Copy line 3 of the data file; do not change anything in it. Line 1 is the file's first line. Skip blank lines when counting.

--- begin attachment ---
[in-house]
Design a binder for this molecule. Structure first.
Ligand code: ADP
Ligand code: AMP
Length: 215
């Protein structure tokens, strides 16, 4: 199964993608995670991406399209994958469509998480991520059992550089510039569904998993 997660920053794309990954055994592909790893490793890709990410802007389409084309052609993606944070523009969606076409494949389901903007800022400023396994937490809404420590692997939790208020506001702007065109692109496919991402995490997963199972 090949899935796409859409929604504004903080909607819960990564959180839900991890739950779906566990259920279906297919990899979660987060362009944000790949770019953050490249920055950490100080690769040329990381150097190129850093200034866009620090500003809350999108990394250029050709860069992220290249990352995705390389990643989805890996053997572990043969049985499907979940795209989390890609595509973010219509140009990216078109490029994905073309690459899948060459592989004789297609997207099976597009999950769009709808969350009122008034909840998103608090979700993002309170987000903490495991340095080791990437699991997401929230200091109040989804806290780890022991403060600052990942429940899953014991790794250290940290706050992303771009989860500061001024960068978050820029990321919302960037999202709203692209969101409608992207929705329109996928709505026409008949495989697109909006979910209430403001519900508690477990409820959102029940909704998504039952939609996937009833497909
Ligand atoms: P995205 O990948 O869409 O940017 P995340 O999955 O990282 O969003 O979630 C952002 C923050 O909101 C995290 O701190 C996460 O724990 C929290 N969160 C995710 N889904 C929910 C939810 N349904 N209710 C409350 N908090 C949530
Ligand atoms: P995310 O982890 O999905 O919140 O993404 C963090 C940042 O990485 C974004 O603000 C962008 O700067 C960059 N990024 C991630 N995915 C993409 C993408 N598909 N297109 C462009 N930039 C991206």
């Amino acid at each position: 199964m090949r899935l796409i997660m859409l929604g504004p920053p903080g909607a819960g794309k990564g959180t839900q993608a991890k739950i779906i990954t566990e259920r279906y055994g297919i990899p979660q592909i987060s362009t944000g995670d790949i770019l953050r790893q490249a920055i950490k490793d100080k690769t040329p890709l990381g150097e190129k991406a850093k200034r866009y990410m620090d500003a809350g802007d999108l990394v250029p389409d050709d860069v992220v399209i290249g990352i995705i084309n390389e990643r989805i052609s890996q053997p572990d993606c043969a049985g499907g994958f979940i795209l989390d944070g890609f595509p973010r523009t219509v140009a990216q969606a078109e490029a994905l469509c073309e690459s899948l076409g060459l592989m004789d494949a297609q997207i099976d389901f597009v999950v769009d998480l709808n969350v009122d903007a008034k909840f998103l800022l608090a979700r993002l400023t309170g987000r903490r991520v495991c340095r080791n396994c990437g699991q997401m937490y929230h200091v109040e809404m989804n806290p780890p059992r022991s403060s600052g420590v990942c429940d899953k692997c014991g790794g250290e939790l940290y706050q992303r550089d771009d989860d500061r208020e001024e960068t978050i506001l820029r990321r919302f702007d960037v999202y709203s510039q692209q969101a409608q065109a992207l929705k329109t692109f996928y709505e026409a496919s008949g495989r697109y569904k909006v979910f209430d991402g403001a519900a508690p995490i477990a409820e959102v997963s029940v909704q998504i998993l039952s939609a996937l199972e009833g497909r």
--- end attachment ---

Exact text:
Ligand code: ADP